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 Mary G. Lawson Hood  (1886 - 1967)

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Lived/Active: Pennsylvania      Known for: modernist still life, florals and landscape paintings

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Ad Code: 4
AskART Artist
from Auction House Records.
Untitled (Flowers in Vase)
Artwork images are copyright of the artist or assignee
This biography from the Archives of AskART:

Mary G. L. Hood (1886-1967), a Philadelphia native, studied at the Pennsylvania Academy of the Fine Arts, but would ultimately reject her traditional academic training in favor of an avant-garde art. She balanced her artistic aspirations with a traditional family life and later thrived in the artist’s community of New Hope, Pennsylvania, where she created modernist still life, floral and landscape works.

Hood first attended the Pennsylvania Academy of the Fine Arts in 1903-4. Notable classmates at the Academy were Daniel Garber and Arthur B. Carles. Her teachers included William Merritt Chase, Thomas Anshutz, Henry Breckenridge, Cecilia Beaux and Henry McCarter. Hood left the Academy after two semesters, and despite her determination to be an artist, left painting behind for many years to marry and raise four children. She reenrolled in 1929, but soon found its traditional academic model too confining. Hood quit her formal studies and instead took private lessons with Academy instructors Arthur B. Carles and Henry McCarter. Both men integrated their exposure to avant-garde art and ideas while living in Europe into their instruction. These lessons helped Hood to form her own modernist vision, especially through her exploration of abstraction and the expressive range of color in still life and floral subjects, as well as in landscapes and cityscapes.

In 1941, Hood and her family left Philadelphia and moved to the artists’ colony of New Hope, Pennsylvania. The divide she had experienced at the Academy was also evident in this community. The academic artists (New Hope Impressionists) led by Edward Redfield and Daniel Garber opened the Phillips Mill Community Center in 1929. In selecting the works to be exhibited they shut out the younger painters (New Hope Modernists). In turn, the modernists created the Independents Gallery in town and hung inclusive exhibitions. The scene in New Hope was well polarized by the time Hood arrived, but she seemed to easily straddle this great divide.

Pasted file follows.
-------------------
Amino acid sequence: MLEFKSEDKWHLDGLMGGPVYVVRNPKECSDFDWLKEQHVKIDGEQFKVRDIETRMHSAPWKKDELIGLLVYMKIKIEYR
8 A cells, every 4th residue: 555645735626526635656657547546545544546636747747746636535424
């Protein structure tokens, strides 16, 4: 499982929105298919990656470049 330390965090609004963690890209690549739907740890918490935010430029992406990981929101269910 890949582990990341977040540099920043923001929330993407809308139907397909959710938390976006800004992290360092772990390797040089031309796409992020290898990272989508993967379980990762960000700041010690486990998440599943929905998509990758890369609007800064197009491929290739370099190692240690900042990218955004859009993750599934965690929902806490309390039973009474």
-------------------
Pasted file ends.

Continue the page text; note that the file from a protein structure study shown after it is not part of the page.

Although Hood did not sell her works, or exhibit them often in New Hope, this artists’ colony was a fertile field. In New Hope, a family life and an engagement with an ever-growing community of fellow Modernists could coexist and for Hood this mix allowed her to make her most important works.  These works explore the most avant-garde ideas in painting in the early 20th Century and though little known, are an important contribution to New Hope modernism. 

Selected Exhibitions:

Pennsylvania Academy of the Fine Arts Annual Exhibition, Philadelphia (1939)

Fellowship of the Pennsylvania Academy of the Fine Arts Exhibition, Philadelphia (1941)

Joint exhibition of Mary G. L. Hood and daughter Agnes Hood Miller, Philadelphia Art Alliance (1941)

Mary G. L. Hood, Pedersen Gallery, Lambertville, NJ (2003)

Mary G. L. Hood: Woman Modernist, Demuth Museum, Lancaster, PA (2007)

Mary G. L. Hood: Woman Modernist, Phillips Mill Community Association, New Hope, PA (November 24-December 9, 2007.

Anne M. Lampe, Executive Director, Demuth Museum, Lancaster, PA

Biography from Jim's Of Lambertville:
Mary G. Lawson was born in Philadelphia and entered the Pennsylvania Academy of the Fine Arts (1903-1904).  In 1907, Mary Lawson married Albert L. Hood, a prominent grain merchant, and the couple had four children.  Placing her art career on hold while raising their children, Hood remained relatively inactive as an artist until the late 1920s, at which time she re-enrolled in the Pennsylvania Academy to further her studies under Henry McCarter.

The art scene was swirling with new ideas, and Hood was heavily inspired by former Academy teacher, avant-garde artist Arthur Carles, and his love of Modernism. Participating in private and group studies with Carles in the 1930s, Hood's subsequent work would always favor bold, brightly colored modernist interpretations of landscapes and still life subjects painted in and around the New Hope area.

In 1941, the Hood family moved permanently to New Hope purchasing the former property of renowned portrait painter, Albert Rosenthal.  This sprawling property known to locals as the Huffnagle Mansion, was also called "Springdale."  This lavish home would be host to many social gatherings, including the monthly meeting place of the New Hope Historical Society.  Its lush gardens proved to be a favorite subject for Hood's paintings.

Around 1940, she began studies in nearby Carversville with artist, Charles Ward. Shortly after, Hood had a show of her work at the Philadelphia Art Alliance in 1941. Following this exhibition, she received a flattering letter from fellow artist Fern Coppedge, which read, "Ever since I saw your beautiful show at the Art Alliance I have wished to write and tell you how much I enjoyed your pictures ... Your colors are simply gorgeous and I like your arrangements very much."

Mary Hood was a well-known and highly regarded artist during her active years, but since her death in 1967, with the exception of a solo show in New Hope in 1969, her paintings had not been seen until their rediscovery in 2003.

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